SHUFFLER 0065: WE DEPARTED FROM OUR BODIES
Friday, December 26, 2014
The Hold Steady – “Killer Parties” from Almost Killed Me (2004 French Kiss)
It’s somewhat difficult to believe that the Hold Steady have been at it for ten years. When they debuted, the band seemed to operate as a sort of swan song for some
old rock dudes elder statesmen of indie rock, most notably vocalist/guitarist Craig Finn and guitarist Tad Kubler from Lifter Puller.
I loved Lifter Puller. Their lyrics were hyper literate beat poetry homages to the seedier underbelly of my hometown of Minneapolis, complete with fictional locales (at real addresses), weirdo synth parts, and a solid punk/indie rock sensibility. Essentially, they fused many things that I loved, and did it well.
After they broke up I remembered hearing about how Finn moved to New York. Not long after that, he resurfaced as The Brokerdealer, some kind of weirdo techno project I never investigated. Then, silence, save for the time a friend mentioned in passing, “oh yeah, I did coke with all those guys before.”
Then, in 2004, at a time in my life when my wife and I would frequent the Triple Rock Social Club for po boys and libations, our waiter often sported a Hold Steady shirt, and I remember him excitedly explaining that they were “the new Lifter Puller band.” It had been four years since Lifter Puller broke up, and this was exciting news.
Perhaps most interesting was that the Hold Steady, while based in Brooklyn, retained the Minneapolis-as-muse narrative that had defined Lifter Puller, even if the music veered more into straight ahead rock territory than its predecessor had. “Killer Parties” is actually not about Minneapolis at all, but is still emblematic of Finn’s masterful storytelling. There’s just enough of a story there to get you filling in the blanks, and just enough left unsaid to leave you guessing. It’s a come-down song, I suppose, maybe a lamentation. Hard to say for sure, having never done the powdered drugs myself, but its positioning at the end of the album is perfect.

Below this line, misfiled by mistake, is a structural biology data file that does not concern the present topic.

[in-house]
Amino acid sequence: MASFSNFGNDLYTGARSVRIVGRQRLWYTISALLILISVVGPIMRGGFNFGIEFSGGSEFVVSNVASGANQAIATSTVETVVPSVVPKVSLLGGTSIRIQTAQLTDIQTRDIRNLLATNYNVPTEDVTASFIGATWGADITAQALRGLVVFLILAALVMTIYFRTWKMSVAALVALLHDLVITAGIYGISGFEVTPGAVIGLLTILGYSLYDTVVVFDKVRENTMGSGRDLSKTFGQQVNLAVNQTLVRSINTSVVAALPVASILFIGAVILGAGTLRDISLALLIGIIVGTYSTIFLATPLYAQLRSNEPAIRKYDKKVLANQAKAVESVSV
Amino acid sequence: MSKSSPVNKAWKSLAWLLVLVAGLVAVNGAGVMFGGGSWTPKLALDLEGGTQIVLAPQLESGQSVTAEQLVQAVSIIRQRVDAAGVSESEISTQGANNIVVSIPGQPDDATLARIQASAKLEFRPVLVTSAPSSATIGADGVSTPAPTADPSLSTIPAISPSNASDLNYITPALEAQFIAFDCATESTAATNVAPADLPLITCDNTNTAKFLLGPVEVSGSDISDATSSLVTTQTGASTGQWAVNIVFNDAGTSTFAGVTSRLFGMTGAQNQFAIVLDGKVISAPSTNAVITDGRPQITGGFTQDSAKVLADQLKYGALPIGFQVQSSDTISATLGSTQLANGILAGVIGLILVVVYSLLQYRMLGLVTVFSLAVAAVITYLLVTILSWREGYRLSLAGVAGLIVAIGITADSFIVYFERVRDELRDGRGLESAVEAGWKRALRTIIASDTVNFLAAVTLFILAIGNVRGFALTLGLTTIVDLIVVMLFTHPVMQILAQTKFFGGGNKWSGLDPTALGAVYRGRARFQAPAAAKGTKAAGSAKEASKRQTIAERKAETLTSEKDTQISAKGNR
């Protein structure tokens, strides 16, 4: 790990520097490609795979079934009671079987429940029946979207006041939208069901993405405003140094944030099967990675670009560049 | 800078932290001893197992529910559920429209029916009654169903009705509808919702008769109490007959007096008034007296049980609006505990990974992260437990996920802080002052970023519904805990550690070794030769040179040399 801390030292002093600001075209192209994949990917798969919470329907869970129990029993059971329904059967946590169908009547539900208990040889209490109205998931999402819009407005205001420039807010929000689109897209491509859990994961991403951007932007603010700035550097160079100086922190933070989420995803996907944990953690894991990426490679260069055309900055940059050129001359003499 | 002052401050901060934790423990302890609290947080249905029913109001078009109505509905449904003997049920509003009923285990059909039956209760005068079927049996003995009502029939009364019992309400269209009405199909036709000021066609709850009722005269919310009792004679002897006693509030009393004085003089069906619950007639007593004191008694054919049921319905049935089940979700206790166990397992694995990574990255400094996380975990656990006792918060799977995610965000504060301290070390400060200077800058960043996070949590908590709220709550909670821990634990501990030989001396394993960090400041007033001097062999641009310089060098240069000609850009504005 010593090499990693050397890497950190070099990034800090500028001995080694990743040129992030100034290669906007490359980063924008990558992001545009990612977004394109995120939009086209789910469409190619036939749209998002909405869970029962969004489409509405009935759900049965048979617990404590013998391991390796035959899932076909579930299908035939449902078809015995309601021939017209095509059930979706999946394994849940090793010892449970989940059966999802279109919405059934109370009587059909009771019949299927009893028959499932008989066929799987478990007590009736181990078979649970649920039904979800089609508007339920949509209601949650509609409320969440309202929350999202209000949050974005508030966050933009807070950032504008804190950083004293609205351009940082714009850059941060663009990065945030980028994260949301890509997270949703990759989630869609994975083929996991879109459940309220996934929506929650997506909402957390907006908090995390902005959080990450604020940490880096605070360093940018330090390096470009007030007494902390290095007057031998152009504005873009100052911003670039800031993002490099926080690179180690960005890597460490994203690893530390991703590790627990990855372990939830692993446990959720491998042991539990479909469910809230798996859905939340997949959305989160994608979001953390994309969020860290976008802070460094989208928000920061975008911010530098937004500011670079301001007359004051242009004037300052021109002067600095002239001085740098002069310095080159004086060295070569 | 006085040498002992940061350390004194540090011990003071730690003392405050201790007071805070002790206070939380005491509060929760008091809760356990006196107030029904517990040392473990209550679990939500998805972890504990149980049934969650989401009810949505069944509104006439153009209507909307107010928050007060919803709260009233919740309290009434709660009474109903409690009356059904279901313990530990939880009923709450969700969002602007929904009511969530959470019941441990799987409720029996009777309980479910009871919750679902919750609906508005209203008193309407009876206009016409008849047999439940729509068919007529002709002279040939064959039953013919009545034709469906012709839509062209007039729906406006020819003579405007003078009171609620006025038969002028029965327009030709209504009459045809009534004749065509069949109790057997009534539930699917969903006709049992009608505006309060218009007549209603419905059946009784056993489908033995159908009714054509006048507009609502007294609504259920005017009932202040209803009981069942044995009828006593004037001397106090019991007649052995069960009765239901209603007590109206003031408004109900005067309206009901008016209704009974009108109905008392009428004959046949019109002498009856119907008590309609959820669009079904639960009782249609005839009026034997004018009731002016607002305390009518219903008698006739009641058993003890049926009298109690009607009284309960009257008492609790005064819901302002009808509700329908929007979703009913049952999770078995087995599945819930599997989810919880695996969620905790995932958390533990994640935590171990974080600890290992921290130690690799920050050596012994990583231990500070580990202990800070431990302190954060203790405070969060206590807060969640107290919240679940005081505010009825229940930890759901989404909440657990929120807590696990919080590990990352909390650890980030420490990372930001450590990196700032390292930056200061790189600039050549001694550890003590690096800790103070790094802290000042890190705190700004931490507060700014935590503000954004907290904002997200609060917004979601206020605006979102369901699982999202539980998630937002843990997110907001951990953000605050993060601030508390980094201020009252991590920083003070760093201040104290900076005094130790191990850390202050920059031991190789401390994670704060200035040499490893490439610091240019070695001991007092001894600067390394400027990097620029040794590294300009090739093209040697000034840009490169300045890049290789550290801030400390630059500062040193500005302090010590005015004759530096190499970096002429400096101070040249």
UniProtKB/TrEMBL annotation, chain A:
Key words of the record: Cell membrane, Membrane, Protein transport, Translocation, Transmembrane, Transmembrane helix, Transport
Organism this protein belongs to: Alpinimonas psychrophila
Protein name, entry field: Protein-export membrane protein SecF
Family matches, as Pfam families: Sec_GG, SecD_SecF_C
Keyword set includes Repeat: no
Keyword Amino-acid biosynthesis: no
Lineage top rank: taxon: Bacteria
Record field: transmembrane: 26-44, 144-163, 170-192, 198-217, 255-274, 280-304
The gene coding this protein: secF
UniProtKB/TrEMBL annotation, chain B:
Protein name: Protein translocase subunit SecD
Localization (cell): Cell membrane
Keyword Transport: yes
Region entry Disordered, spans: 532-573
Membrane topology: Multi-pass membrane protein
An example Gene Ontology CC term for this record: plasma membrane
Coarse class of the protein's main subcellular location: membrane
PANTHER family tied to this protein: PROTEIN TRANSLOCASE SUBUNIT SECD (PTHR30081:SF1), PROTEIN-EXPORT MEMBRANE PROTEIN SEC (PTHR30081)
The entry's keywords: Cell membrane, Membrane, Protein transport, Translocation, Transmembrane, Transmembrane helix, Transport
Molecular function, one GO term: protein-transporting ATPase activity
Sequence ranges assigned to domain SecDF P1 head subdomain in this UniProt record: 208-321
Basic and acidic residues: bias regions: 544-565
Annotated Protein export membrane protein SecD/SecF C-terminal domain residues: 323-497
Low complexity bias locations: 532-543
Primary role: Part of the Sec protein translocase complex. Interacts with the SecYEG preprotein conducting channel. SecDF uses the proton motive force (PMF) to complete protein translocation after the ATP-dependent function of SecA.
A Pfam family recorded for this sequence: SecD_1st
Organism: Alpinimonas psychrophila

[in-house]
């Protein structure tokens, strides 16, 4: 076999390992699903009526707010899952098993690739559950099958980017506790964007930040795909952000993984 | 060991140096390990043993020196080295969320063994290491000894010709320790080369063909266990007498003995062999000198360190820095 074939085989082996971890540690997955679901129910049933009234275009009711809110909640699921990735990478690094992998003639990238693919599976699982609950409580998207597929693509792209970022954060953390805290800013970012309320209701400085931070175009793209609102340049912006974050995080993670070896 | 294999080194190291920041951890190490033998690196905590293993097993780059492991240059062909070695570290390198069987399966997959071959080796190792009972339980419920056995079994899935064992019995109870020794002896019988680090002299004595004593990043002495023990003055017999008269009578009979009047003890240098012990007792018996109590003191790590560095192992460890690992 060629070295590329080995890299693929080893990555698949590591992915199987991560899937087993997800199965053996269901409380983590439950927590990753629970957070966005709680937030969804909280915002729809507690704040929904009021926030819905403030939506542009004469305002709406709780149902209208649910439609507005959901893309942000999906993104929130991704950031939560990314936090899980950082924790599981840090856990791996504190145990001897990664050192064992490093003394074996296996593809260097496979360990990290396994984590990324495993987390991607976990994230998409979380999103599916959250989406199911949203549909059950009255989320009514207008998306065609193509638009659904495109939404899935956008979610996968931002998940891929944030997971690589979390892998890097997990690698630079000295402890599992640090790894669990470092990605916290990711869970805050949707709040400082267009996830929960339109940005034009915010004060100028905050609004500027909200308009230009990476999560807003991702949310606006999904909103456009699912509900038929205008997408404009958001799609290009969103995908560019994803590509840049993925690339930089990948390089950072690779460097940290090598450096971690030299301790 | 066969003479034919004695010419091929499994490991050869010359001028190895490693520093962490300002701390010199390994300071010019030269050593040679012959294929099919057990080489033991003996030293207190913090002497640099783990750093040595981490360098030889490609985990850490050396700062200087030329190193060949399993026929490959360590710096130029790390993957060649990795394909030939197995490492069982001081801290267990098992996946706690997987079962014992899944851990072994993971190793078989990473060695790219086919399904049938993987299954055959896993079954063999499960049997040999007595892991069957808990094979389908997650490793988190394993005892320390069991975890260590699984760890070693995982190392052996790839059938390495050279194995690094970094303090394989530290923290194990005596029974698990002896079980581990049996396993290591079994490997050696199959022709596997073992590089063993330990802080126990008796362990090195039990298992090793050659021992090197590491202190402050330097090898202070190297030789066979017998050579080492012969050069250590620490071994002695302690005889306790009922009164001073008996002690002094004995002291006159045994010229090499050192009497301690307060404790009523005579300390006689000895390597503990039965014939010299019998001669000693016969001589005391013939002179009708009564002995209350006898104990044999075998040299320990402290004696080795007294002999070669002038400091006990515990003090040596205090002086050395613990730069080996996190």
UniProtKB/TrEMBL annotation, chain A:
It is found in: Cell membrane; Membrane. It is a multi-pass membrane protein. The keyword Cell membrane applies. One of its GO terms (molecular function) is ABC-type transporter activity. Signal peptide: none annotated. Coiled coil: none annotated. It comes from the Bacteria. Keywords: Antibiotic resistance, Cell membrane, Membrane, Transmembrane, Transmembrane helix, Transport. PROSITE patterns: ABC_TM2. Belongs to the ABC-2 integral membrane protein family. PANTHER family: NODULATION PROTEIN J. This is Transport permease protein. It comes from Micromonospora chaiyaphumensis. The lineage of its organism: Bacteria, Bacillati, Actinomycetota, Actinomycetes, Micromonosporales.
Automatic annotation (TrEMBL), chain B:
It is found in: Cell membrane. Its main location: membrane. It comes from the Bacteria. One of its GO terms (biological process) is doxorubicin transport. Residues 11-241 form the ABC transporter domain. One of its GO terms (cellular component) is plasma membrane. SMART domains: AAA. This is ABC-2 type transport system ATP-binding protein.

It brings back Charlemagne, a character from earlier in the album, and seems to touch on immigration (another lover lost to the restaurant raids and we heard about this place called the United States). It’s difficult to tell what Ybor City has to do with anything, but this stanza is repeated three times to close out the song:
If she says we partied then I’m pretty sure we partied
I really don’t remember
I remember we departed from our bodies
And we woke up in Ybor City.
The Hold Steady would later prove to disappoint, particularly live, which has always caused me a great deal of chagrin, as those lyrics continued to slay me long after the music let me down, with references to Profane Existence, Youth of Today, and a million other fun little Easter eggs.
This album, though, held so much promise, and that’s fun to remember.